KOBE — For nearly 20 years, Cho Ryu Un, a Korean resident of Japan born and raised in Kobe, lived a double life. To friends and business partners, he was a normal businessman, albeit connected with the pro-Pyongyang General Association of Korean Residents in Japan (Chongryon).
But from 1970 to 1989, Cho said, he was known in North Korean intelligence circles as “Blacksnake,” a trusted secret agent who provided his bosses with everything from French cognac and perfume to maps of the Sea of Japan coast. In addition, Blacksnake was a contact for North Korean agents who slipped into Japan, a man who would provide money and cover.
Most important, though, was Blacksnake’s role in funneling cash from Japan to the North Korean government.
“During my 20 years as a spy, I sent about 6.2 billion yen, through a variety of channels, to North Korea,” Cho said in a recent interview. “The money came from Korean residents of Japan with relatives in the North and my own real estate business.”
Even that amount is just a fraction of the total Cho said was secretly sent to North Korea.
“From the mid-1970s, a campaign began in North Korea to encourage Japanese-Koreans to visit their relatives. When they went, usually by ferry from Niigata port, they took between 1 million yen and 2 million yen per trip,” Cho said.
Another method, he said, was to have those visitors buy commemorative medallions ranging in price from 30 million yen to 100 million yen from the North Korean government.
“I believe perhaps 2 trillion yen in total was sent to North Korea from the mid-1970s onward,” he said, although emphasizing it was impossible to come up with an accurate figure.
According to Cho, Chongryon is under the direct guidance of the (North) Korean Workers’ Party, in which there are two major departments — the Reunification Front and the Department of Southern Affairs.
“The former is semisecret, and the latter is completely secret. Chongryon is under the Reunification Front,” he said.
The Department of Southern Affairs is completely independent and has no influence on Chongryon, Cho said, adding that the department and the North Korean military are the only two organizations that send agents to Japan and collect money.
Because of his education, which includes a law degree at Kwansei Gakuin University, and his involvement during and after college with Chongryon, Cho said he came to the attention of North Korean agents.
“In 1970, I was instructed by a (Chongryon) member to go to Niigata and board the ferry. There were six secret cabins in the bottom of the vessel and I went to the first one. When I opened the door, there was the vice general director of the Department of Southern Affairs, who told me to become a spy,” he said.
His work was to gather information on Japan, recruit South Korean agents, guide North Korean agents who slipped into Japan, collect money and teach the philosophy of then supreme leader Kim Il Sung.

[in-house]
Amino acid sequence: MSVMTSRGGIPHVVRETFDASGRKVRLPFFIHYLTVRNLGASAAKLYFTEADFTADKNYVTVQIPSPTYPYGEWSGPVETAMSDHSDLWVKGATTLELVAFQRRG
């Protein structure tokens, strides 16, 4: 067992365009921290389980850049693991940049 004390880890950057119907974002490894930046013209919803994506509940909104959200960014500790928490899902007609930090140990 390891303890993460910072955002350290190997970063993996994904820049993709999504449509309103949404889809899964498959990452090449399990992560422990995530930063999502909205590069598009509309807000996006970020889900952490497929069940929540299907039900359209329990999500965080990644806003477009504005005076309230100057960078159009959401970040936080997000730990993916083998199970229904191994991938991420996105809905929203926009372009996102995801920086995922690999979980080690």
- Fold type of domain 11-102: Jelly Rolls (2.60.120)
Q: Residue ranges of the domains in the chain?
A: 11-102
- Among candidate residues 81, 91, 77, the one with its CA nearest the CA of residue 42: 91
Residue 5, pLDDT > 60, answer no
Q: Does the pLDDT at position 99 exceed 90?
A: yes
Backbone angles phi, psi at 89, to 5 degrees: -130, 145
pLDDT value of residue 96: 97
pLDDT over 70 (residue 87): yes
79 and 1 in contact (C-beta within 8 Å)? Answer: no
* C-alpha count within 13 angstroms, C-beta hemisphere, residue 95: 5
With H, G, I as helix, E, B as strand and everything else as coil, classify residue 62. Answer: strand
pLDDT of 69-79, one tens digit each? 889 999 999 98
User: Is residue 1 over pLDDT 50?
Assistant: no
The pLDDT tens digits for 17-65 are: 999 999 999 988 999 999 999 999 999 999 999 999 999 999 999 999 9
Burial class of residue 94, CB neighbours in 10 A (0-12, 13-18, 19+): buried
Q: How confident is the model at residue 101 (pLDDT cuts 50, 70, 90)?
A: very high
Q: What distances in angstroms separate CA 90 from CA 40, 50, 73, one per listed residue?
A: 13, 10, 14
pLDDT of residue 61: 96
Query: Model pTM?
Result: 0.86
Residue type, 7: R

Cho claimed his work did not involve abducting or attempting to abduct any Japanese. But in 1985, he learned from the vice general director that a Kobe man, Minoru Tanaka, had been kidnapped.
“I was told Tanaka was sent from Japan to Vienna, then to Moscow, and then to Pyongyang, where he was working as a translator and had a wife and child,” Cho said.
Hyogo Prefectural Police would not comment on the Tanaka case or Cho’s story, other than to confirm that Tanaka was a short-order cook who disappeared in 1978 at age 28. He is not on the list of 10 Japanese who Tokyo believes were abducted by North Korean agents.
It was also around 1985 that Cho began making secret trips to North Korea, via Beijing, where he briefed military officials on his activities. Although under heavy guard and not allowed to interact with civilians, Cho said he saw enough to become discouraged.
“People in the villages weren’t getting enough to eat. Corruption among the soldiers was rampant and many of them stole food. Only the high-level officers in Pyongyang had a good life,” he said.
Cho said that doubts about his work, which had been growing since the mid-1970s, forced him to make a decision. He stopped all spying activities in 1989.
Cho said Japanese authorities suspected he was a spy and he was questioned on two occasions but never arrested.
Today, many of the spy organizations that existed during the 1970s and 1980s have been dismantled, Cho said. He believes there are now only a small number of agents in Japan, mainly involved with spying on American military installations.
As to his past, Cho expressed profound regret to the public, to police and to the families of those believed to have been abducted. “I became a spy because I believed, like the North Koreans themselves, that Kim Il Sung had created a communist utopia. I was stupid for not realizing the truth.”